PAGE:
Anchorage Mayor Dave Bronson states his opposition to the proposed mask ordinance during the assembly meeting on Tuesday, September 28, 2021, in Anchorage, Alaska.
CNN  — 

The mayor of Anchorage, Alaska, apologized this week after he said that some residents’ decisions to wear the Star of David – à la Jews who suffered under Nazi-occupied Europe – to protest a proposed city mask mandate is a “credit” to Jewish people.

Mayor Dave Bronson, a self-identified “center-right” conservative who opposes the mask mandate, said Thursday that he was “truly sorry” and should have chosen his words more carefully during the Anchorage Assembly’s public hearing on the ordinance, which stretched from Tuesday into Thursday.

Video of the meetings this week shows a handful of attendees wearing yellow Star of David symbols – some of whom testified against the proposed mask ordinance and also wore signs that read, “I do not consent.”

During Wednesday’s meeting, Bronson appeared to support the wearing of the Star of David, a Jewish symbol that Jews were forced to wear in Nazi-occupied Europe during the Holocaust.

“We’ve referenced the Star of David quite a bit here tonight, but there was a formal message that came out within Jewish culture about that and the message was, ‘Never again.’ That’s an ethos. And that’s what that star really means is, ‘We will not forget. This will never happen again.’ And I think us borrowing that from them is actually a credit to them,” Bronson said, according to video of the meeting.

The Anti-Defamation League Pacific Northwest Region condemned Bronson’s remarks as “disturbing and offensive,” and called on the mayor to apologize.

“The yellow Star of David was used to not only stigmatize and humiliate Jews, but also segregate and control them during the Holocaust,” the group said in a statement Thursday.

It added: “During these challenging times of rising antisemitism, elected officials continue to deepen the pain through ignorant Holocaust analogies to COVID-19 health guidelines.”

On Thursday, the mayor apologized for his comments, saying he should have “chosen my words more carefully, and if I offended anyone, I am truly sorry.”

“I understand that we should not trivialize or compare what happened during the Holocaust to a mask mandate and I want to apologize for any perception that my statements support or compare what happened to the Jewish people in Nazi Germany, that was one of the most evil and darkest times in our world’s history,” he said in a statement.

He reiterated his apology during Thursday’s Anchorage Assembly meeting and said his administration “will not tolerate any form of anti-Semitism,” while urging those opposed to a mask mandate to stop using the Star of David. The Assembly is still considering the ordinance in public hearing.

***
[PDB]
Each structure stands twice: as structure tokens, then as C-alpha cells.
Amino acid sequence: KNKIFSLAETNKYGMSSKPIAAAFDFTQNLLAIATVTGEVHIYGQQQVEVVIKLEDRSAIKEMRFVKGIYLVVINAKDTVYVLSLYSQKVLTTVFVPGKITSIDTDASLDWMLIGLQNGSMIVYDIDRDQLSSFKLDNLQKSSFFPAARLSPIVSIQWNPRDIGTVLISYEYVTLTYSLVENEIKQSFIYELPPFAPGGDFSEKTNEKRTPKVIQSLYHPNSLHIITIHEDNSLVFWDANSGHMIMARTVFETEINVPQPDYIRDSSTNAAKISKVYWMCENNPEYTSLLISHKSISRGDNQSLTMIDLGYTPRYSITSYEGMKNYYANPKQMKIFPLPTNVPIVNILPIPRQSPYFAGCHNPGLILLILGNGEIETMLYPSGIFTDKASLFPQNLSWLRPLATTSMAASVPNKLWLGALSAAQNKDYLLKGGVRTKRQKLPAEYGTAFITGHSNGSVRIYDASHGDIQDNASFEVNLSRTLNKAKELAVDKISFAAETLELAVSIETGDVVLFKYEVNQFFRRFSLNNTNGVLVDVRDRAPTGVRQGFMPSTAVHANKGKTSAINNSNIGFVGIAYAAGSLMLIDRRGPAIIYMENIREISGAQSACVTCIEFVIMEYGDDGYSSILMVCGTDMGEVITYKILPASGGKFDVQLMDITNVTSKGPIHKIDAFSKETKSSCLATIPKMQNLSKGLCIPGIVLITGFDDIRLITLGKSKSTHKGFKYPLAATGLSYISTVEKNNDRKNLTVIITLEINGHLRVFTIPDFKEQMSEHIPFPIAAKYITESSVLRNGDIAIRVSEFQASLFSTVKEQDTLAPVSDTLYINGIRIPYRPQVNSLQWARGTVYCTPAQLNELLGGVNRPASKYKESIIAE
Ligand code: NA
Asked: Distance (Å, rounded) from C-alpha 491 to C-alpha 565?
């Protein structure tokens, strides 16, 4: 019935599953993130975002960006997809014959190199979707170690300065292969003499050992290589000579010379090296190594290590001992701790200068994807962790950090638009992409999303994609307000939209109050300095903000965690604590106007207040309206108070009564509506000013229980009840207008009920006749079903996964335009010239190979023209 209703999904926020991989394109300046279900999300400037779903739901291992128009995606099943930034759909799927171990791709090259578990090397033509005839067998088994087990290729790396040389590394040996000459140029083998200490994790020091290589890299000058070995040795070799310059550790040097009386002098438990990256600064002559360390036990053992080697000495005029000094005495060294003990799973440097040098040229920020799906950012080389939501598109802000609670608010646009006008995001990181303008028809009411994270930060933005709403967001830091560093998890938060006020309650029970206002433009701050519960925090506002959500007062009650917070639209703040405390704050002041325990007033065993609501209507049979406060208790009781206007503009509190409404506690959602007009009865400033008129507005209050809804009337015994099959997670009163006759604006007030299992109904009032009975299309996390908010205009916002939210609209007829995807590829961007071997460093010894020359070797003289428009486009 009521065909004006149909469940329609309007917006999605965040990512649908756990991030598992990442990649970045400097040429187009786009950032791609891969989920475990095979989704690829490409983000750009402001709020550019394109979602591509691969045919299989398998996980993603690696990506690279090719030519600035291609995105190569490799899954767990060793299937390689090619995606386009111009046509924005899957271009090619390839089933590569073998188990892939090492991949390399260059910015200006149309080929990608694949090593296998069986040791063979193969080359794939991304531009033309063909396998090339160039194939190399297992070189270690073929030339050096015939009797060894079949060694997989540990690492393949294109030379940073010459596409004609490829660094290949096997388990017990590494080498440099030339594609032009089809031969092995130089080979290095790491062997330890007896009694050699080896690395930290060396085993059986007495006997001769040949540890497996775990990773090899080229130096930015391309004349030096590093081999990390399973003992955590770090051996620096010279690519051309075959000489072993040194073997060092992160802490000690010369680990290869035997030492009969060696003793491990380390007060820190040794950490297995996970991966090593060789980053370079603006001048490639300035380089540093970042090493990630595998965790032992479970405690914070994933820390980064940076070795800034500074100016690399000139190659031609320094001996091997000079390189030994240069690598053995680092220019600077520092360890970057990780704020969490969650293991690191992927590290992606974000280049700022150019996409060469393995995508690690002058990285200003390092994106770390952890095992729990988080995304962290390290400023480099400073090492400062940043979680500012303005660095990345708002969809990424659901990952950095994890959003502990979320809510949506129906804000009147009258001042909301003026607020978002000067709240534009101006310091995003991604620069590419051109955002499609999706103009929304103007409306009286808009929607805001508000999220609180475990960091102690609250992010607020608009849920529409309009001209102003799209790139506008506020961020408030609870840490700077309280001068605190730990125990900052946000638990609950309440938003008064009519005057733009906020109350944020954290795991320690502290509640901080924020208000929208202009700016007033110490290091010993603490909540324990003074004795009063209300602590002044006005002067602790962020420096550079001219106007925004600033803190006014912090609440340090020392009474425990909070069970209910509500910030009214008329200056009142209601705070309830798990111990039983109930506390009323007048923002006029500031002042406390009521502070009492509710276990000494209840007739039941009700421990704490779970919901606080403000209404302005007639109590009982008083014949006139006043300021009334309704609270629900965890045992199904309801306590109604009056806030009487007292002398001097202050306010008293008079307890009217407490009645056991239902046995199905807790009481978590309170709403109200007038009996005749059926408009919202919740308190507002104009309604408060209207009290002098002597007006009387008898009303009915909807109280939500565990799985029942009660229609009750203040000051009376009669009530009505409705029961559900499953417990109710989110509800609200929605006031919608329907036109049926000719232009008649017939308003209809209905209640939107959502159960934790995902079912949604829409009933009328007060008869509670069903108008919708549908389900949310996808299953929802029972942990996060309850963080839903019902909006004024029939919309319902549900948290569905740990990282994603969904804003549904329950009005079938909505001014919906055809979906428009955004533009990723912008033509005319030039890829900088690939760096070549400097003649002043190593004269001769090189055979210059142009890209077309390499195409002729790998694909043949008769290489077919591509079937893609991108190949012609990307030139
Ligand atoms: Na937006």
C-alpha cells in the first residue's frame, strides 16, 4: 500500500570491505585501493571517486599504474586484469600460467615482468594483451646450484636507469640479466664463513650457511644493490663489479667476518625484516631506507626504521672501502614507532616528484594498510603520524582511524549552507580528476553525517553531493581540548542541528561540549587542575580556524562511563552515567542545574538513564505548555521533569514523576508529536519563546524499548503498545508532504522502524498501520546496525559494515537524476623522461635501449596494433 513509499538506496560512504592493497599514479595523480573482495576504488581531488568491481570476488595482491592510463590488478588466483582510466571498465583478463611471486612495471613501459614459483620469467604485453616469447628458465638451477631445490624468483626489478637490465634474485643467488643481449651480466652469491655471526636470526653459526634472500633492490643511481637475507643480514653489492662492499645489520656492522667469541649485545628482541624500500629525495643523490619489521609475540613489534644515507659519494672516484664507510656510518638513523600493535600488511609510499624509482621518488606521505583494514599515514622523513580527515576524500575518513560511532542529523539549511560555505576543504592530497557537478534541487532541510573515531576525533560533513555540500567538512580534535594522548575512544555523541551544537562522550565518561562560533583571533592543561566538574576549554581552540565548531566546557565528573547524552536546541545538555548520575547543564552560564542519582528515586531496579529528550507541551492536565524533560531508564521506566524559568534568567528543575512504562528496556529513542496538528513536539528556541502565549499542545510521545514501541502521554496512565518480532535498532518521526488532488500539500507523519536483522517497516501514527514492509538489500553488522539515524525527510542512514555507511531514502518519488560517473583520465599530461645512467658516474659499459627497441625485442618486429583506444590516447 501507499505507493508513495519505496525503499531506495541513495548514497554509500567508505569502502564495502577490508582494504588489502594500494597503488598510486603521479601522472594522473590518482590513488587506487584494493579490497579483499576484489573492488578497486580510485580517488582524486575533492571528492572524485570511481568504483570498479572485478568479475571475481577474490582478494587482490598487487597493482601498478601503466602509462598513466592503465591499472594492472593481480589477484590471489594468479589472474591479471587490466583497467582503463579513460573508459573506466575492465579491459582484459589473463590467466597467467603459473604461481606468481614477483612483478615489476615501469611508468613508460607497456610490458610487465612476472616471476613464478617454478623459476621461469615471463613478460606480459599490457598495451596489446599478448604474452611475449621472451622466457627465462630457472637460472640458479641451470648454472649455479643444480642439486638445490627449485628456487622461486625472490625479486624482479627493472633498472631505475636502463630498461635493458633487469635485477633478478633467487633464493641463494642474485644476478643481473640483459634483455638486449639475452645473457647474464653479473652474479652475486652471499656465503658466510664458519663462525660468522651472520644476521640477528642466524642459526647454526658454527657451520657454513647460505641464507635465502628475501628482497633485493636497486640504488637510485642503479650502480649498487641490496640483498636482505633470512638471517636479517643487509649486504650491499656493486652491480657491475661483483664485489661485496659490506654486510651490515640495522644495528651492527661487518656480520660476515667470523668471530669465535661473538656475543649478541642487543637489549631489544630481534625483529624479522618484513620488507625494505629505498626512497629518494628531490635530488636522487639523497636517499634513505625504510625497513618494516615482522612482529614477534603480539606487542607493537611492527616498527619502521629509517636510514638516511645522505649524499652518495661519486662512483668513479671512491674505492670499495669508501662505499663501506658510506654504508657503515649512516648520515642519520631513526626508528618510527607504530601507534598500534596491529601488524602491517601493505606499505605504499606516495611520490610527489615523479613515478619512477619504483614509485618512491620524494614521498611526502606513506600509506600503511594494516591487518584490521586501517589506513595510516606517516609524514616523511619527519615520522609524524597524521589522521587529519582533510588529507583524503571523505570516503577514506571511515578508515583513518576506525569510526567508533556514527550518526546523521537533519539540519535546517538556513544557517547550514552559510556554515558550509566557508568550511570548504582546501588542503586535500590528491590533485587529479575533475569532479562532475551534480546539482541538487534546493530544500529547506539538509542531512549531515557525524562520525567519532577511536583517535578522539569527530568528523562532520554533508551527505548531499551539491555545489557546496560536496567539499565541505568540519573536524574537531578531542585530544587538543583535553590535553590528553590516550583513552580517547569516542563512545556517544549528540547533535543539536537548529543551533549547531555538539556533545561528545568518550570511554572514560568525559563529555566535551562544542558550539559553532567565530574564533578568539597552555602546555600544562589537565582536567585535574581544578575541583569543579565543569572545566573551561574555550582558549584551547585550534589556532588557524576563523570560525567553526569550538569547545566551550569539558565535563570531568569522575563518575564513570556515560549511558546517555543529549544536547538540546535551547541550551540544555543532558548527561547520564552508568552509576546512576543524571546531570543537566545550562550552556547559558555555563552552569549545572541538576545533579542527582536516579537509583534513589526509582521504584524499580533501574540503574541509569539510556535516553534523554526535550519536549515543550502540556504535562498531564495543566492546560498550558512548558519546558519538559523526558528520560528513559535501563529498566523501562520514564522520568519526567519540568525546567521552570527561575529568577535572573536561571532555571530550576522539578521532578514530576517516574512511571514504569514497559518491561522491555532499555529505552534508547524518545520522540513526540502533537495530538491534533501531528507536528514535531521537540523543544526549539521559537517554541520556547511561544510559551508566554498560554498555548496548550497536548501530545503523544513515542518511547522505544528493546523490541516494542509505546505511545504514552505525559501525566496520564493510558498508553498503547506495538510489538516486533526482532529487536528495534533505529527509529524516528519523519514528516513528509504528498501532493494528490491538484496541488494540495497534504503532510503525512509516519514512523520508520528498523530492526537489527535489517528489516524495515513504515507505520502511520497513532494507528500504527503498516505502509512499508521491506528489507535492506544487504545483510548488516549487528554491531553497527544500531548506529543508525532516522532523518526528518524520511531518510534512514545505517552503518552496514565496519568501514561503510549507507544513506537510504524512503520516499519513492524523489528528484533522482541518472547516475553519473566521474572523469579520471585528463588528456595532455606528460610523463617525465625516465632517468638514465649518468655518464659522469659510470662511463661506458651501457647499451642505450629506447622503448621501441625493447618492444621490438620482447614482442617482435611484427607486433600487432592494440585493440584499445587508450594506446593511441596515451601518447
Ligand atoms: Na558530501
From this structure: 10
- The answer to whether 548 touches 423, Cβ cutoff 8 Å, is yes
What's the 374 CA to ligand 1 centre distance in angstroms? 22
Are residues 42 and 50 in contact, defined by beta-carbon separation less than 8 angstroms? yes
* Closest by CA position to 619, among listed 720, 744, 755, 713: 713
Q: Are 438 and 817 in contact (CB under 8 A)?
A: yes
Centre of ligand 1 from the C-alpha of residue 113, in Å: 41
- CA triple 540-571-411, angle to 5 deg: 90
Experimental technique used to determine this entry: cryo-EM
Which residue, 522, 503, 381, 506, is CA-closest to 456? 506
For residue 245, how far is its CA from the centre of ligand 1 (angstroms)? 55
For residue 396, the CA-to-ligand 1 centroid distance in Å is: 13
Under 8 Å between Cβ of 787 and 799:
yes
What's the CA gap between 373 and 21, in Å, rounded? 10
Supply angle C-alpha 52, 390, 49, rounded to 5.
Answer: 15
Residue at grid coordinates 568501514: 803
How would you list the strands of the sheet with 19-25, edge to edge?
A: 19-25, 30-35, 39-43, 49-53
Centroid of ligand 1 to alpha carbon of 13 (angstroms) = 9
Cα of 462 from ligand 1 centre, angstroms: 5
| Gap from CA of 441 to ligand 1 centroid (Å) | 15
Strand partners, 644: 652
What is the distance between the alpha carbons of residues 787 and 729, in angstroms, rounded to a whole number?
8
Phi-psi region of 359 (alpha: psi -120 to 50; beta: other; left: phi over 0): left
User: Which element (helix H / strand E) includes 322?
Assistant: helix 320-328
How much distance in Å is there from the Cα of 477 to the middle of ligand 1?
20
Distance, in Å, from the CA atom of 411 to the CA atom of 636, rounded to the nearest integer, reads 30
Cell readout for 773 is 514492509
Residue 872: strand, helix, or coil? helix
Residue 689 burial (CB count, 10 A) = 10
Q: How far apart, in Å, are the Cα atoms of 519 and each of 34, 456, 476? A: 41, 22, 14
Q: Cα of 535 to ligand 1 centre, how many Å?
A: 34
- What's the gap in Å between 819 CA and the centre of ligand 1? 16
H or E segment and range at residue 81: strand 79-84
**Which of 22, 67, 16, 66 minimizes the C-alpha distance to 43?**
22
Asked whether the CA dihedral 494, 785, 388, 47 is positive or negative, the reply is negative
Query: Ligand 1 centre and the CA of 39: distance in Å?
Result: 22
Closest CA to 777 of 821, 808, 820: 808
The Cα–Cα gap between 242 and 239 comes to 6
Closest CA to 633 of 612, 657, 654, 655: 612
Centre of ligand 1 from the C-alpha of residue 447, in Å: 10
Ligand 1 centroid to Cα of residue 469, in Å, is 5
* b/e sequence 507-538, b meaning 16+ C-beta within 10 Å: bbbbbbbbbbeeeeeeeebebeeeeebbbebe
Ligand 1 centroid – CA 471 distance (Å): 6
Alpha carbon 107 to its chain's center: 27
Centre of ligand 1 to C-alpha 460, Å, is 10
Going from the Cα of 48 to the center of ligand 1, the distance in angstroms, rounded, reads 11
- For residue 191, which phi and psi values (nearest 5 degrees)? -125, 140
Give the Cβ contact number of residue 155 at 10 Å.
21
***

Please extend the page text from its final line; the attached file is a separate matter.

“I understand the anger about this proposed mask mandate and I agree with that anger,” he said. “But I ask our citizens to be sensitive and understanding about the impact that the wearing of the yellow Star of David has on many members of our Jewish community. I encourage you to find some other symbol to show your opposition to this ordinance.”

The ordinance would require anyone over the age of 2 to wear a mask or facial covering while indoors in public settings or outdoors at large crowded public events.

Bronson on Tuesday spoke out strongly against the mask ordinance, arguing that it is “based on inconclusive science” and because it’s “bad policy” and “an unconstitutional infringement on the freedom guaranteed to every Anchorage citizen by our federal and state constitutions.”

“Most of all, I oppose this ordinance because it pits neighbor against neighbor, shop owner against customer, and friend against friend,” he said.

Assembly member Crystal Kennedy, who said she’s of Jewish heritage, said during Wednesday’s meeting that she did not take offense to the use of the Star of David to protest the mask mandate.

Fellow Assembly member Forrest Dunbar, however, read a message he said he received from his rabbi.

“For myself and most Jews, seeing the yellow Star of David on someone’s chest elicits the same feeling as seeing a swastika on a flag or the SS insignia on a uniform,” Dunbar said, quoting his rabbi. “It is a symbol of hate that reminds us Jews of the terror and horror we suffered. I believe it is a constitutional right to protest for your values. But I request that you do not use symbols that diminish the 6 million Jews who were murdered during the Holocaust and the survivors who would like their children not to know the nightmare they endured.”